Stuart Cowie had devised an excellent template for noting the planning applications and issues considered by the sub-committee and the ensuing decisions/recommendations. This would constitute a very useful feature of the website.

St Stephen’s Church had been placed on the market by the Church of Scotland.  CC members were urged to attend a meeting called for 6th February by a group of local residents anxious about the future of this hugely important landmark building.

6.  Licensing:  Jonathan Finn, Licensing Convenor, reported few recent applications.  The only one to require a response had been an application by Ashoka in Hanover Street to extend licensing to the external area.  In line with NTBCC practice it had been recommended that this should extend no later than 10pm.  An attempt to find out information about table and chairs applications for outdoor licences had identified  a CEC website link which would be posted on the NTBCC website.

7.    Treasurer’s report:  It was agreed   at the CC Business meeting on 13th January the  Treasurer’s recommendation   that the CC bank account be  transferred from Lloyds TSB  to Triodos Bank in the expectation of receiving a better service, subject to ratification of the full CC at this meeting . Ian Mowat propped that this decision be ratified and it was unanimously ratified.

8.    Website:  James Igoe had set up a blog-style website and it was agreed that for a start convenors of the sub-committees should provide a brief resume of the remit of their sub-committee and a summary of the issues recently addressed.  For the moment this material could be emailed to James but he was happy to take advantage of a business meeting on April 7th (see 10 below) to provide guidance for CC members in hands on use of the website.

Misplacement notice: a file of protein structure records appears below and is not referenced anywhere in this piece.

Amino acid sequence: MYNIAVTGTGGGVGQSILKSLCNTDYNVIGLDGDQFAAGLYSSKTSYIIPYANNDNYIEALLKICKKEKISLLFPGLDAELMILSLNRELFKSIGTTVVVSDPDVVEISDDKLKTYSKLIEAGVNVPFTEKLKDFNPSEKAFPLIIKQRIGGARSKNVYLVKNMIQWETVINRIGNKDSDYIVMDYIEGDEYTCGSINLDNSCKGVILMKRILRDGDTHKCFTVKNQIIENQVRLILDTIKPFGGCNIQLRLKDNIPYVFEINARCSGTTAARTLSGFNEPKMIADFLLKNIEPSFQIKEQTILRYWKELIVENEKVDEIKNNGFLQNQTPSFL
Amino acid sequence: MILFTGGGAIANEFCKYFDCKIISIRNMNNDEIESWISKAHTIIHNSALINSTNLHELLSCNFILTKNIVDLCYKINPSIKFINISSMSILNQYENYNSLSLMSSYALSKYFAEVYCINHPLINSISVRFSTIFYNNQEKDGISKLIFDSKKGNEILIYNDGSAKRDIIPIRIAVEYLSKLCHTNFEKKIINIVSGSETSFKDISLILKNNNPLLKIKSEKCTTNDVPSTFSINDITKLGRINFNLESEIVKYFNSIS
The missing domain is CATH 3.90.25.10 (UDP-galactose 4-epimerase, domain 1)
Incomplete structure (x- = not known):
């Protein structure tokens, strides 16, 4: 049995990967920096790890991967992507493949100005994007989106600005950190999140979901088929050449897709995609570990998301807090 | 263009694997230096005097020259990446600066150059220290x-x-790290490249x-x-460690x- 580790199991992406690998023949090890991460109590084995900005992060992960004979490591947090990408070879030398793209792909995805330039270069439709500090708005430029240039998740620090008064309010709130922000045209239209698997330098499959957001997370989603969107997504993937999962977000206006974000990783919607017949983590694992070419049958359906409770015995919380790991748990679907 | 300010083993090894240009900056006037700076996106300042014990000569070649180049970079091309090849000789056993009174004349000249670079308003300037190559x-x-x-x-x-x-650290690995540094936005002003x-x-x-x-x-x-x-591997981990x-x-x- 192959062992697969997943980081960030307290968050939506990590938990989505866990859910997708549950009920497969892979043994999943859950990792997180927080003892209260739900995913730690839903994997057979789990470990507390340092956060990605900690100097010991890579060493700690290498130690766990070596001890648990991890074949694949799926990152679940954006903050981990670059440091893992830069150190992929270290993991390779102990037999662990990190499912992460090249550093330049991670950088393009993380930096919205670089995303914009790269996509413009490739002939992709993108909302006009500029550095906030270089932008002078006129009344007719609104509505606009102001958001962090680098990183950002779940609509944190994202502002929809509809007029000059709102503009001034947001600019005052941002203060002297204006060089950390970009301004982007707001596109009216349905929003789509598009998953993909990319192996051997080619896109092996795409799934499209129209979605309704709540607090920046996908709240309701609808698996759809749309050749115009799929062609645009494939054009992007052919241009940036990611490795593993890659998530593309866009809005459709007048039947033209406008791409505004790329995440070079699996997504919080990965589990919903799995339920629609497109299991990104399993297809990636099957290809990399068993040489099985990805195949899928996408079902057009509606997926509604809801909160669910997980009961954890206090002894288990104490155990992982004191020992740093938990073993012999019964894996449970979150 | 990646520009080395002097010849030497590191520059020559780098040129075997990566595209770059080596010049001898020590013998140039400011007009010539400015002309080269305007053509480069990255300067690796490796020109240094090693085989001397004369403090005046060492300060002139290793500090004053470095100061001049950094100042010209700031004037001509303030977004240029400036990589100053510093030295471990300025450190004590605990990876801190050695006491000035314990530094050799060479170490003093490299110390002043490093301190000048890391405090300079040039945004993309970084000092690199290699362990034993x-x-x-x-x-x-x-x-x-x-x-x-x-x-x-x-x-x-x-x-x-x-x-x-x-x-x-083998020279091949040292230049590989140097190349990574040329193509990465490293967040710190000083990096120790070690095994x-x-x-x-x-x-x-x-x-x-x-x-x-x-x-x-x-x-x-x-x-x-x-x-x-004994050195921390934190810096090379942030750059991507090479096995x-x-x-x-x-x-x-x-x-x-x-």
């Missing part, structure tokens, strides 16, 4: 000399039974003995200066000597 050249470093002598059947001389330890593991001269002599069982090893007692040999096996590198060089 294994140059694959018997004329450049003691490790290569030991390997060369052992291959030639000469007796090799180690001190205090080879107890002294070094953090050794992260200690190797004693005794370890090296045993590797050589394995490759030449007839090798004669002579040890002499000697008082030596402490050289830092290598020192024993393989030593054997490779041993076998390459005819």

9.   Activities of local street and amenity associations: The Drummond Civic Association’s AGM on 30th January was noted, when the pending auction of the redundant police box on Drummond Place had been discussed.

10.  AOB:  1) As the CC is required to hold an annual minimum of only eight public meetings a year it was agreed that the meeting scheduled for 7th April should be a business meeting, similar to the very useful meeting on 13th January.

2)  Alan Welsh raised the question of what should be done with community council records, minutes etc from previous years.  Ian Mowat said that he would ask Eileen Hewitt whether the CEC could offer a storage facility.

11.  Date of next meeting which is also our AGM- Monday 12 May at 7.15 pm at the Drummond Room, Broughton St Marys, Bellevue Crescent, Edinburgh